In the space of eight months, Myanmar’s military have succeeded in overtaking the Saudi and North Korean dictatorships in the ranking of the world’s biggest jailers of journalists. Only China now detains more journalists than Myanmar.
According to RSF’s tally, of the approximately 100 professional journalists arrested in the course of the past eight months in Myanmar, at least 53 are still in prison. Two non-professional journalists and a media worker are also still imprisoned.
Eighty-five percent of these journalists worked in the field as reporters, photographers or video reporters and three quarters of them were arrested more than four months ago. This confirms an observation first made in June, namely, that most of the detainees were arrested while covering the massive street protests that took place during the first four months after the coup.
After the military terror finally proved effective, protesters and journalists were forced to go into hiding during the course of the summer. But clandestinity has not always spared them from persecution. As RSF reported in August and again in September, the five journalists arrested in the past two months were “tracked down” by the security forces and were caught in the places where they were hiding.
“In eight months, the military junta has succeeded in paralysing the situation to the point that the international community is now largely ignoring the drama that continues to unfold in Myanmar,” said Daniel Bastard, the head of RSF’s Asia-Pacific desk. “As they must now elude the military’s increasingly ferocious persecution, the reporting provided by journalists in the field is all the more valuable. Their stories, their courage and their struggle must not be forgotten.”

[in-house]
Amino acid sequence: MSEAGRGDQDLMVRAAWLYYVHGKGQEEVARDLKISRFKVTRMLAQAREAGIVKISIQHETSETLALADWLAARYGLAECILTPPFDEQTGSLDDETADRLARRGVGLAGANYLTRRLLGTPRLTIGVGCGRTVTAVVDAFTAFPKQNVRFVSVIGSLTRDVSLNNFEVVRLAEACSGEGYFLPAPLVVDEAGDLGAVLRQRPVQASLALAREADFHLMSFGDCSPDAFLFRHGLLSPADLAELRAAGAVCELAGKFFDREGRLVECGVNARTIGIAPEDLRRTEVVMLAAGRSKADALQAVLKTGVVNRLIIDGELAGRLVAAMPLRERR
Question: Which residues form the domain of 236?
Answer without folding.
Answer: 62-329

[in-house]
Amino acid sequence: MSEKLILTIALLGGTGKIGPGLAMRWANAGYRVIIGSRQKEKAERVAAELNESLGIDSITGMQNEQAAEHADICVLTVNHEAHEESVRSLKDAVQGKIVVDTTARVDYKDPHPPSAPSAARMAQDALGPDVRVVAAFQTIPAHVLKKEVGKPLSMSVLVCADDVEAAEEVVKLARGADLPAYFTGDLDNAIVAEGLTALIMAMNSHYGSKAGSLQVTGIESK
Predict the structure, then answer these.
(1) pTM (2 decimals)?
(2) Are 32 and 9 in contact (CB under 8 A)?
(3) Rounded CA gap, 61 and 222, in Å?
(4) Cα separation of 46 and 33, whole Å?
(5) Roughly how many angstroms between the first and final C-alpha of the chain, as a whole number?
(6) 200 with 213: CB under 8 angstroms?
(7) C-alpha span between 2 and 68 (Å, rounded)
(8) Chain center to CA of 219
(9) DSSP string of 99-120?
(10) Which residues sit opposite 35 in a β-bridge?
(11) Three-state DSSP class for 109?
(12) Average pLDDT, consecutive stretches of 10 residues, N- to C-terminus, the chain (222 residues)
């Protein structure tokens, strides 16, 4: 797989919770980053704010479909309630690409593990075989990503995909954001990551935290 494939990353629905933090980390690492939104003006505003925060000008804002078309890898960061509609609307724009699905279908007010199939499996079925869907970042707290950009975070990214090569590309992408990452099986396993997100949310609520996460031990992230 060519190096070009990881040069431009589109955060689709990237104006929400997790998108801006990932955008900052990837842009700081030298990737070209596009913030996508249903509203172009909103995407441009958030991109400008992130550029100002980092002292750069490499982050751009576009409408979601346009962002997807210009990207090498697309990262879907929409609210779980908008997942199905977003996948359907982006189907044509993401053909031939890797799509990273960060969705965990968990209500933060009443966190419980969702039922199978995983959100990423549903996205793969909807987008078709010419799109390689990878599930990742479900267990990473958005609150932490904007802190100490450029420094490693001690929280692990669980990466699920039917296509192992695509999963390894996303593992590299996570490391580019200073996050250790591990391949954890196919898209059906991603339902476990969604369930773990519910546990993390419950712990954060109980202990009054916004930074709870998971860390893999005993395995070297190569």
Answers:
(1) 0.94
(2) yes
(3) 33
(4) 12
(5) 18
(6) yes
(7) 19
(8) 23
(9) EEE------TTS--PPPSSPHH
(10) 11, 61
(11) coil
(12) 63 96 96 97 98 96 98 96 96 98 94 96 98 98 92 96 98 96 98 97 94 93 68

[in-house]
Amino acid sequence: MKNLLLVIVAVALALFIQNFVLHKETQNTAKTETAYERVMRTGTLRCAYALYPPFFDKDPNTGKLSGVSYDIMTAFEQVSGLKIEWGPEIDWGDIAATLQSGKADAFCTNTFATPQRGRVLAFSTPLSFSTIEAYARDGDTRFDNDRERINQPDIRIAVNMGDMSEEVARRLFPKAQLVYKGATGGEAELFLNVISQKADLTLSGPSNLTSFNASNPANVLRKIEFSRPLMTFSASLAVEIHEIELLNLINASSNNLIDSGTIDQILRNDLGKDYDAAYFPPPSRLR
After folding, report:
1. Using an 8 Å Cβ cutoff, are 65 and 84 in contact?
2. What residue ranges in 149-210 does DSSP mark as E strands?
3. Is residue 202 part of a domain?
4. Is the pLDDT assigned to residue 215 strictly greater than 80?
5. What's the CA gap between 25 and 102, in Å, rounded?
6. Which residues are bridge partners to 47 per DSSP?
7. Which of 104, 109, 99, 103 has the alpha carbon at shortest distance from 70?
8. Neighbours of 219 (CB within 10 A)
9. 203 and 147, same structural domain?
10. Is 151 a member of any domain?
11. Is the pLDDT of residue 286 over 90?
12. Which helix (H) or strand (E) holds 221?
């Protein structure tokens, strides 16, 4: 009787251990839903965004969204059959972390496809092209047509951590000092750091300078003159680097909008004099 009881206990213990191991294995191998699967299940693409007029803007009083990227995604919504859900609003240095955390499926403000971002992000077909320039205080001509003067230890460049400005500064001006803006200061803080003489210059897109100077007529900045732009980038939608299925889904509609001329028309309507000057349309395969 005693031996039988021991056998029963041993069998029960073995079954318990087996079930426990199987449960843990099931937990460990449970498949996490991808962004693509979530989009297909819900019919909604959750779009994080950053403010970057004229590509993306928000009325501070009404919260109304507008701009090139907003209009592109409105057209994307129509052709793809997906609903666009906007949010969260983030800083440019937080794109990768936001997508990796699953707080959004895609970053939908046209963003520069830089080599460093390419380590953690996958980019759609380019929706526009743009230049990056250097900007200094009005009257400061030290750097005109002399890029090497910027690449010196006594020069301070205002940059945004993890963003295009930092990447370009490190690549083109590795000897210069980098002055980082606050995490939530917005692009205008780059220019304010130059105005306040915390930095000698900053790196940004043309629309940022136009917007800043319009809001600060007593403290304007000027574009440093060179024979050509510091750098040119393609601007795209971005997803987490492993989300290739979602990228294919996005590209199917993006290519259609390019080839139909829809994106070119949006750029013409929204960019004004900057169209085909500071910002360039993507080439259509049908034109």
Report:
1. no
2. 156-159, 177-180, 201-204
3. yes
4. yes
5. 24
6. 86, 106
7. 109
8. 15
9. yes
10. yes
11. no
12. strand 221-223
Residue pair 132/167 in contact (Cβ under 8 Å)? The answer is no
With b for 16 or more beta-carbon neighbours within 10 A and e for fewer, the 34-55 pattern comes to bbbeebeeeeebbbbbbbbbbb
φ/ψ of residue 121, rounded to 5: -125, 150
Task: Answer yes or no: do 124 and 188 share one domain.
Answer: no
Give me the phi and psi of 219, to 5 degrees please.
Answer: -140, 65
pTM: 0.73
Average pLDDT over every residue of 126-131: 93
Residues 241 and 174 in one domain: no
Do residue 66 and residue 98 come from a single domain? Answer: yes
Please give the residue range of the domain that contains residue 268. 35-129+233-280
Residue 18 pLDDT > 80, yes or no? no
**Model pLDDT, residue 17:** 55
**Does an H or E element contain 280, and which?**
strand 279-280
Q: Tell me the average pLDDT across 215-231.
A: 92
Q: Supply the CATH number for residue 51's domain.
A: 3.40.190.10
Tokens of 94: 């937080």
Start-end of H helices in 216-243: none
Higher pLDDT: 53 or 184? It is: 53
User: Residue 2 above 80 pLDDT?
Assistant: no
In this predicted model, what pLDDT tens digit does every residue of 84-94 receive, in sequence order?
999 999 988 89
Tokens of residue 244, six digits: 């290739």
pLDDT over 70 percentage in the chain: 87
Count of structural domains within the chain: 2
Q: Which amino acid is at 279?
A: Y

RSF recently met one of Myanmar’s heroic reporters, who prefers to remain anonymous for safety reasons. A photo-journalist for the past decade, he was awarded a prize last month at the 2021 Visa pour l’Image festival in Perpignan, in southern France, for his coverage of the “spring revolution,” much of which was published in the New York Times.
“On the morning of 1 February, I woke up with a call from my colleague saying there’s been a coup. Suddenly, I wasn’t sure whether we could work as journalists anymore. In the first few weeks of February, it was okay for us to photograph the protests, to get close to the security forces. But when the crackdown actually started, it became clear there was no place for journalists.”
A reporter’s job now included not being injured or arrested. “During the crackdown on the protests, they would harass and beat journalists, so we really had to be careful where we went, when they came. There was tear gas, sound grenades, rubber bullets. But very often there were live bullets as well. A journalist I know in Mandalay lost his hand after he was shot while he was working.”
He discovered the need to keep a low profile. “We were also very confused, we didn’t know if we should wear press logos and helmets as well. Because when you are wearing this, you become an easier target. It’s very hard to tell because you can go out and not come back or you can go out and be injured, be hospitalised… Or you can be just killed.”
Myanmar is currently ranked 140th out of 180 countries in RSF's World Press Freedom Index.